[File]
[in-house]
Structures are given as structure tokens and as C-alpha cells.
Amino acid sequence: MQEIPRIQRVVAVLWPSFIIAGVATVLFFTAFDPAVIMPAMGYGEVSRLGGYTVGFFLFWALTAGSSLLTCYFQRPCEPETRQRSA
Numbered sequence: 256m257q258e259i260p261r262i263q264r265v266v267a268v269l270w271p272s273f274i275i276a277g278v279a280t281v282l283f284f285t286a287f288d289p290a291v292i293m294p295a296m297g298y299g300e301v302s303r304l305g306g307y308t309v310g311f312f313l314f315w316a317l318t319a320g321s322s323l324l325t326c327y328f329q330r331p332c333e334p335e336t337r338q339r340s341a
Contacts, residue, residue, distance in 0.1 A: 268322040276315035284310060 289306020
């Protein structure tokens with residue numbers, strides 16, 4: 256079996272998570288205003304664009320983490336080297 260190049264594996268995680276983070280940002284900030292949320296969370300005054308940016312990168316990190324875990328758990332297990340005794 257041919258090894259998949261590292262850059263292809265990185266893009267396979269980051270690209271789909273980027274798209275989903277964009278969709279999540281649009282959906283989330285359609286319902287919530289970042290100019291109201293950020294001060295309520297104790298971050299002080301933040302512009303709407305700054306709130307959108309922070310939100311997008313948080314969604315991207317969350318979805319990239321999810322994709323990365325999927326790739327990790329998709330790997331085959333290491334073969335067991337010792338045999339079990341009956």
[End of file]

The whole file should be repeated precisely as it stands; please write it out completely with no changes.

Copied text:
[in-house]
Structures are given as structure tokens and as C-alpha cells.
Amino acid sequence: MQEIPRIQRVVAVLWPSFIIAGVATVLFFTAFDPAVIMPAMGYGEVSRLGGYTVGFFLFWALTAGSSLLTCYFQRPCEPETRQRSA
Numbered sequence: 256m257q258e259i260p261r262i263q264r265v266v267a268v269l270w271p272s273f274i275i276a277g278v279a280t281v282l283f284f285t286a287f288d289p290a291v292i293m294p295a296m297g298y299g300e301v302s303r304l305g306g307y308t309v310g311f312f313l314f315w316a317l318t319a320g321s322s323l324l325t326c327y328f329q330r331p332c333e334p335e336t337r338q339r340s341a
Contacts, residue, residue, distance in 0.1 A: 268322040276315035284310060 289306020
């Protein structure tokens with residue numbers, strides 16, 4: 256079996272998570288205003304664009320983490336080297 260190049264594996268995680276983070280940002284900030292949320296969370300005054308940016312990168316990190324875990328758990332297990340005794 257041919258090894259998949261590292262850059263292809265990185266893009267396979269980051270690209271789909273980027274798209275989903277964009278969709279999540281649009282959906283989330285359609286319902287919530289970042290100019291109201293950020294001060295309520297104790298971050299002080301933040302512009303709407305700054306709130307959108309922070310939100311997008313948080314969604315991207317969350318979805319990239321999810322994709323990365325999927326790739327990790329998709330790997331085959333290491334073969335067991337010792338045999339079990341009956």